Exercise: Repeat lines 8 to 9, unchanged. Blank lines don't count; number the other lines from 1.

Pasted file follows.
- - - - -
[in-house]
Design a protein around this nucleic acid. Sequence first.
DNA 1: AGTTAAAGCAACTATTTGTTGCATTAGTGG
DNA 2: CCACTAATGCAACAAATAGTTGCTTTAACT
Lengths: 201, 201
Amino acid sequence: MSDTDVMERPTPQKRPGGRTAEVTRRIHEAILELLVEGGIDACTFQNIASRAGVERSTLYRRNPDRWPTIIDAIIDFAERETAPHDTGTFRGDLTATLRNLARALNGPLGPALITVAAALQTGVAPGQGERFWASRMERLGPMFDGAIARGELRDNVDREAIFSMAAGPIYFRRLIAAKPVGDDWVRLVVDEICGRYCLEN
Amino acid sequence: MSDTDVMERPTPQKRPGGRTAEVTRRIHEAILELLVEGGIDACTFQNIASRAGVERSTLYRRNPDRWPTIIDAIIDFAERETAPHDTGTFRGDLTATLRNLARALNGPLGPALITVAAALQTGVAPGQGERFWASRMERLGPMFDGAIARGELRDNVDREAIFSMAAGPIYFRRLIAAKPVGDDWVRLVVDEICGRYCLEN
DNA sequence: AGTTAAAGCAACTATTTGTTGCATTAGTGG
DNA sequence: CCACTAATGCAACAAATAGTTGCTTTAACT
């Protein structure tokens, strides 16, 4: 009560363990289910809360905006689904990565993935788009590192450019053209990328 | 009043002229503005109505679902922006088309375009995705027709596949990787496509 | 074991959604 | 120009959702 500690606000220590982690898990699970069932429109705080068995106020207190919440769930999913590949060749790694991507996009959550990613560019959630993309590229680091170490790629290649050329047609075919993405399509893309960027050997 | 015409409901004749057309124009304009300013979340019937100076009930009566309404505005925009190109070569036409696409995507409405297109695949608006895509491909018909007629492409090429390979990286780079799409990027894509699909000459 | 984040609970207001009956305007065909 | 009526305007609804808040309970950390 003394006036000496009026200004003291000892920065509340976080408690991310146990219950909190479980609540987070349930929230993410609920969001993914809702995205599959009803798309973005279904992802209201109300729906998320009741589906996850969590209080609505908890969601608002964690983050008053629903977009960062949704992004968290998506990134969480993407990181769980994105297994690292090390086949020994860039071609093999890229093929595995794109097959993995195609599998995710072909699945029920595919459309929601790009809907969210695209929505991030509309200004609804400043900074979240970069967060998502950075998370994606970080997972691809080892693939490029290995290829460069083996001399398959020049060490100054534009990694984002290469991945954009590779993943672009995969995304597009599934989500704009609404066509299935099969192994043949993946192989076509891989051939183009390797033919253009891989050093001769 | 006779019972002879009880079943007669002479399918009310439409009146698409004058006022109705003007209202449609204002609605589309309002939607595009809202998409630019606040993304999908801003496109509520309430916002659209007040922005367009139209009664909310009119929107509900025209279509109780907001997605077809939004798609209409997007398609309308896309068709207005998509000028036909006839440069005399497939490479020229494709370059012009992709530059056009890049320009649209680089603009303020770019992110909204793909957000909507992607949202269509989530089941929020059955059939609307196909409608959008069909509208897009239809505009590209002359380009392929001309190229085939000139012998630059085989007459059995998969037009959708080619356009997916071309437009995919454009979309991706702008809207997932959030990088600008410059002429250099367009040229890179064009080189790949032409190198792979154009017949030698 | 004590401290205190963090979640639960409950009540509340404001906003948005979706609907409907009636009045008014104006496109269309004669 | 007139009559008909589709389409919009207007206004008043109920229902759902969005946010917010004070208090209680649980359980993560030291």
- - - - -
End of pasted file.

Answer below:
DNA sequence: AGTTAAAGCAACTATTTGTTGCATTAGTGG
DNA sequence: CCACTAATGCAACAAATAGTTGCTTTAACT